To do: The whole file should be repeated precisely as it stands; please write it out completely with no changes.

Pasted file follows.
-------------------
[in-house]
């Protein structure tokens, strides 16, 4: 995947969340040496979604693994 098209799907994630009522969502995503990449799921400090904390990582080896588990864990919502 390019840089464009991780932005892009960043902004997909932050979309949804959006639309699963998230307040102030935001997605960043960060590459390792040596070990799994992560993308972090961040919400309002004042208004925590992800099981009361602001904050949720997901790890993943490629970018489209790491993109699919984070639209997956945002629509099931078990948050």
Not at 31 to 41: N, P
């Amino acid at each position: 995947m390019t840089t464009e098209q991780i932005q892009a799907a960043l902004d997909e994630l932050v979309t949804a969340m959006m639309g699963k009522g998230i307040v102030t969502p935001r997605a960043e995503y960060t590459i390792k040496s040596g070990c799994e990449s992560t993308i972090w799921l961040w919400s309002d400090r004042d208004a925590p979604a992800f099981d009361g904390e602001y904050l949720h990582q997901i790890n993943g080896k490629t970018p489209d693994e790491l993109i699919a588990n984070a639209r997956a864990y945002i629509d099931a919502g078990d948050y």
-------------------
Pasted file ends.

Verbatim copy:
[in-house]
């Protein structure tokens, strides 16, 4: 995947969340040496979604693994 098209799907994630009522969502995503990449799921400090904390990582080896588990864990919502 390019840089464009991780932005892009960043902004997909932050979309949804959006639309699963998230307040102030935001997605960043960060590459390792040596070990799994992560993308972090961040919400309002004042208004925590992800099981009361602001904050949720997901790890993943490629970018489209790491993109699919984070639209997956945002629509099931078990948050």
Not at 31 to 41: N, P
């Amino acid at each position: 995947m390019t840089t464009e098209q991780i932005q892009a799907a960043l902004d997909e994630l932050v979309t949804a969340m959006m639309g699963k009522g998230i307040v102030t969502p935001r997605a960043e995503y960060t590459i390792k040496s040596g070990c799994e990449s992560t993308i972090w799921l961040w919400s309002d400090r004042d208004a925590p979604a992800f099981d009361g904390e602001y904050l949720h990582q997901i790890n993943g080896k490629t970018p489209d693994e790491l993109i699919a588990n984070a639209r997956a864990y945002i629509d099931a919502g078990d948050y």